The old saying is that you can’t teach an old dog new tricks, but get ‘em when they are a puppy and all bets are off. You can teach ‘em plenty.
Cards for instance.
It’s not easy, let me tell you. To understand why you only have to take a quick peek at their paws. Teaching them to shuffle is a real challenge and even after that’s done it takes even longer to get them to stop wagging their tail every time they get a good hand.
Depending on the breed you might not ever be able to teach them the difference between pot odds and implied odds, but on the positive side even after a bad beat most dogs will forget all about it if you rub their belly.
Rottweilers tend to play tight and Malamutes loose, Pomeranians love to bluff and Shih Tzus are most dangerous when short-stacked. You get to know these things after awhile.
My dog is a mutt… which might explain why things ended the way they did. He was a rescue but in a way we rescued each other.
Let me start by saying I love my dog. I’ve often wondered if faced with a life-and-death situation if I would trade mine for hers. I’m pretty sure I would. If she fell into the ocean I would dive right in after her. As I might have mentioned before, I am not strong in the water. I swim with the same casual grace and ease that most people drown. Still, if she fell in, I would be right behind.
This too will become relevant by the end of this story.
You see, casinos in their infinite wisdom don’t allow animals at the tables. I understand why they would exclude my dog at Five Card Draw, holding cards can be tricky, but for games like Blackjack or Texas Hold’em it makes zero sense. Tapping the felt or pushing chips in to the middle of the table is no big deal.
So we have to play in underground games.
With a variety of other animals. There are times when it gets a bit tedious. “Yes, I know you want a cracker, but what I don’t know is if you plan on folding or raising” I remember bellowing at a parrot.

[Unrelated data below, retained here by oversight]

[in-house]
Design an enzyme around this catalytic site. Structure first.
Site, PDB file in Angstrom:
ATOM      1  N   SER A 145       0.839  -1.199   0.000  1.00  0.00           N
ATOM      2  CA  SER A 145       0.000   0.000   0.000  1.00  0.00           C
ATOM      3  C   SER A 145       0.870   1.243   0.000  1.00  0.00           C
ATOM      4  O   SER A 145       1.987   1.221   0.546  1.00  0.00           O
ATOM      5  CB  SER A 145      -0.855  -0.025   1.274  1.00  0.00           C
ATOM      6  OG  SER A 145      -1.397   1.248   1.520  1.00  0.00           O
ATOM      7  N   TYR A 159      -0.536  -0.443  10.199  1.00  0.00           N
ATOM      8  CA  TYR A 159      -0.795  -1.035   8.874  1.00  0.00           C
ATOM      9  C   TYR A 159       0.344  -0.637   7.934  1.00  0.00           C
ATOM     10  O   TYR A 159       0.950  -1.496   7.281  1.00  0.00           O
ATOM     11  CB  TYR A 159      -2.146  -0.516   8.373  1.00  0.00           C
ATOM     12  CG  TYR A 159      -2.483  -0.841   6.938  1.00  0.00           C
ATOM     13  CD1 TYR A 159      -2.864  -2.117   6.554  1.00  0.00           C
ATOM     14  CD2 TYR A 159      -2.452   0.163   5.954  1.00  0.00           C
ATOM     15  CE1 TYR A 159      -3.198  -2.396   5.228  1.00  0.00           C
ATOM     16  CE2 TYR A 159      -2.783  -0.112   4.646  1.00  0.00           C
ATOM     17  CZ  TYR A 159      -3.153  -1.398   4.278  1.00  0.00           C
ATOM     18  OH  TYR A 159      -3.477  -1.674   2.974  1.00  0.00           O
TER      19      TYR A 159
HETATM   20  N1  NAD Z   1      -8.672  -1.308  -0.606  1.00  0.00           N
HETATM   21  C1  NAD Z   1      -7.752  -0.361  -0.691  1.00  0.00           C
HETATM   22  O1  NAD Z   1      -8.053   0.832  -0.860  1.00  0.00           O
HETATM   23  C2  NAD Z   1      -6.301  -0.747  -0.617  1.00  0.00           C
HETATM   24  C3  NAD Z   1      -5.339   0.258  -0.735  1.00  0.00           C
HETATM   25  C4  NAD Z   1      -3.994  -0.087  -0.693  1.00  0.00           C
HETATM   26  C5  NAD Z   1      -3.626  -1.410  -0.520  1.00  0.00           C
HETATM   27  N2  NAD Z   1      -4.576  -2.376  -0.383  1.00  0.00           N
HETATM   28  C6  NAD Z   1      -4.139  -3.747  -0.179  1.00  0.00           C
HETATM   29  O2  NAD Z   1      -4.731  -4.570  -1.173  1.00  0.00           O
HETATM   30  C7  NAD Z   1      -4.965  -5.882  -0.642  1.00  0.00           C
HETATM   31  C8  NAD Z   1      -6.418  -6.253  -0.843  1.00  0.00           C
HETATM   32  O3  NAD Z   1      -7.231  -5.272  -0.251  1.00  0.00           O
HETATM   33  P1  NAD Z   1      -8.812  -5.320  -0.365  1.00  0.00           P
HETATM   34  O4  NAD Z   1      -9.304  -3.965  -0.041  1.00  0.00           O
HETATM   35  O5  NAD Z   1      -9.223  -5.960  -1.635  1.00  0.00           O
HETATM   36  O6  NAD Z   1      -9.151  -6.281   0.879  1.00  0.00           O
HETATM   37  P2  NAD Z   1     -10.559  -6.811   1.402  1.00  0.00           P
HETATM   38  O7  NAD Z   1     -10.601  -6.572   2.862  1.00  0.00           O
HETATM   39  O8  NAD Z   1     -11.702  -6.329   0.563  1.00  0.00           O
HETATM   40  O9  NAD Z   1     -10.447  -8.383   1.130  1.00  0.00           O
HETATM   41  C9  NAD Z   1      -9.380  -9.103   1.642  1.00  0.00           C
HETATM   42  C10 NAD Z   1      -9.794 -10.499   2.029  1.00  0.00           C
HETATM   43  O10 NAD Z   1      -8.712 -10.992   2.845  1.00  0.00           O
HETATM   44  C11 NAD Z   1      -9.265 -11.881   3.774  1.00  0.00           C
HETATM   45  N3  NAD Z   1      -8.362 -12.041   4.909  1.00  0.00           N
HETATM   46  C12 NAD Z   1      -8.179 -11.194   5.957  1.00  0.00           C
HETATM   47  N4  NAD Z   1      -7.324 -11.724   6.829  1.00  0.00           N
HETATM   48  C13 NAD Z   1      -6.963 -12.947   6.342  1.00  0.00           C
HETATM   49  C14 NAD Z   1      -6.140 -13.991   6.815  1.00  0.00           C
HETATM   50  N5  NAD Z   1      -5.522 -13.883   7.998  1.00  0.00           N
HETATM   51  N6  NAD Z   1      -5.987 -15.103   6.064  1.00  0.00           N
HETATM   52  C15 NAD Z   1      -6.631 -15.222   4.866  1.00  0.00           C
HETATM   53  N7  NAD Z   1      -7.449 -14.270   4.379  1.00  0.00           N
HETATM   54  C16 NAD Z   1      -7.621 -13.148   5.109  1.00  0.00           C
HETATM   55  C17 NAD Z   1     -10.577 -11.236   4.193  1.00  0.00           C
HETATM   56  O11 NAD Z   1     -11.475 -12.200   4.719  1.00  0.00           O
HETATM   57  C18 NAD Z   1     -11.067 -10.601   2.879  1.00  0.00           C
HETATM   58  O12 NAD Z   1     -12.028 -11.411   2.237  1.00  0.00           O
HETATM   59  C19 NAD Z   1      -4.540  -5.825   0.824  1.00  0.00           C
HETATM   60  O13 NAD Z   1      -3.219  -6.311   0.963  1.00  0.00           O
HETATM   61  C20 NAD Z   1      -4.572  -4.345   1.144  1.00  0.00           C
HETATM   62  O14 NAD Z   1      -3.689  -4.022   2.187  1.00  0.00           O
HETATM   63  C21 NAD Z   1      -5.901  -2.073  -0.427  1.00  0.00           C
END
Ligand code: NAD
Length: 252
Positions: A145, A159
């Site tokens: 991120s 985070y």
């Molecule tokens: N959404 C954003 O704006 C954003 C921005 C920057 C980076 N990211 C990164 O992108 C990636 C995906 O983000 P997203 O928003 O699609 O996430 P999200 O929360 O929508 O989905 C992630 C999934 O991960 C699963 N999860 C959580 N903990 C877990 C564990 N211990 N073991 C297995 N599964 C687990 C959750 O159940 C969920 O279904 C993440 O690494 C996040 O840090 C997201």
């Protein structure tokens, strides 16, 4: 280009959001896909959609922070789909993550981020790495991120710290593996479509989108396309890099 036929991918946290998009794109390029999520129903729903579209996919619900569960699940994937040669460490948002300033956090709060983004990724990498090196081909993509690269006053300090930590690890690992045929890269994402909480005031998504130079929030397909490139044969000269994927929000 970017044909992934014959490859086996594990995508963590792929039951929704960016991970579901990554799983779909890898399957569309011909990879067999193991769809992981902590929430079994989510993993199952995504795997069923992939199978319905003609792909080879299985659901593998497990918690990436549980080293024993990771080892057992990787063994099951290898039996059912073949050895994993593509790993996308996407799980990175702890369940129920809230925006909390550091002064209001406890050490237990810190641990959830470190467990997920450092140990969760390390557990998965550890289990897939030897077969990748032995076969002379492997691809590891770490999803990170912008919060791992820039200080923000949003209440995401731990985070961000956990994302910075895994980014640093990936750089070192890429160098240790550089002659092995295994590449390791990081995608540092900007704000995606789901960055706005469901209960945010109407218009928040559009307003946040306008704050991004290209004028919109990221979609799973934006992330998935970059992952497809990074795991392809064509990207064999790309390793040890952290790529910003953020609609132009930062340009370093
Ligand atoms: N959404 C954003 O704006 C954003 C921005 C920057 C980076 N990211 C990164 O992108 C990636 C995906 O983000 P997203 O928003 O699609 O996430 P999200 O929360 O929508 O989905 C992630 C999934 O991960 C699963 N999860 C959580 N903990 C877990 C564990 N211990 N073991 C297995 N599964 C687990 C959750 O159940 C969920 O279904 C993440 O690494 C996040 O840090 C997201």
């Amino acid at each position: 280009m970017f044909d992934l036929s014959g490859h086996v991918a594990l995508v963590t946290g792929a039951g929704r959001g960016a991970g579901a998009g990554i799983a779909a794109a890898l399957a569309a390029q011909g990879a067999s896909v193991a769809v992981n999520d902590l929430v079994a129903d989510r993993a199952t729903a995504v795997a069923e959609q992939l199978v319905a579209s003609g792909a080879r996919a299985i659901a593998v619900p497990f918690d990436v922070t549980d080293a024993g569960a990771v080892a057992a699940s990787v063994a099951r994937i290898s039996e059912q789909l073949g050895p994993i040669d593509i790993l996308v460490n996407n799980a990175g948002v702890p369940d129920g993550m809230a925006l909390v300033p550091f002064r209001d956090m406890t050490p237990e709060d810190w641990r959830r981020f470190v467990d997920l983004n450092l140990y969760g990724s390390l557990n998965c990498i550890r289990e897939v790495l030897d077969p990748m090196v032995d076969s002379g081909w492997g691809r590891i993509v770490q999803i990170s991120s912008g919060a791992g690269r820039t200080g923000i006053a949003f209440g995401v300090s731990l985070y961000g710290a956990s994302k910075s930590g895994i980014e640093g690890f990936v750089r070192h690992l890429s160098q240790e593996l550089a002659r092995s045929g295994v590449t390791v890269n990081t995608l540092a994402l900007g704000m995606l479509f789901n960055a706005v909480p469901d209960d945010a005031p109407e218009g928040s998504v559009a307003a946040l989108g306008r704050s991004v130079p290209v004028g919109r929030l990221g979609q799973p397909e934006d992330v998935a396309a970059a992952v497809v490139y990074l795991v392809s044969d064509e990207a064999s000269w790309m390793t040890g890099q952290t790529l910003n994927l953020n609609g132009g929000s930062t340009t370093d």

And turtles, holy shit the game drags.
In retrospect, it was probably all of these distractions that kept me from seeing what was really going on right under my nose.
My dog was a cheater.
At first I couldn’t believe it. I wouldn’t believe it. I just thought she was on a hot streak, until the owner of one of these establishments asked me to follow him upstairs. I thought he was just being friendly, but instead he showed me video footage of my dog at the table. In slow motion no less.
There she was, my beautiful dog, false shuffling, bottom dealing and skinning hands. “The only reason she’s not palming cards it that she doesn’t have palms” the owner snarled at me.
I descended the stairs a changed man. With a quick “bad dog” I scooped her up, returned all of her ill-gotten winnings and made for the door.
The drive home was awkward. Usually I open the window and let her stick her head out, she loves feeling the wind on her face and looks adorable doing it, but instead I just stared grimly at the road ahead. “Man’s best friend huh?” was all I could get out.
Once back at home my dog sprinted to the little card table we had set up, eager to play a few hands. But no, instead of whiling away a few hours reviewing the differences between the gap concept and the sandwich effect, I simply plopped down and turned on the television.
My dog just looked at me. She knew something was wrong. She tilted her head at me and tried to get my attention. A small whine. Finally she put her paw on my leg.
It was at that moment I knew that you can’t unteach a young dog old tricks.
“Dogs love their friends and bite their enemies, quite unlike people, who are incapable of pure love and always have to mix love and hate.”
― Sigmund Freud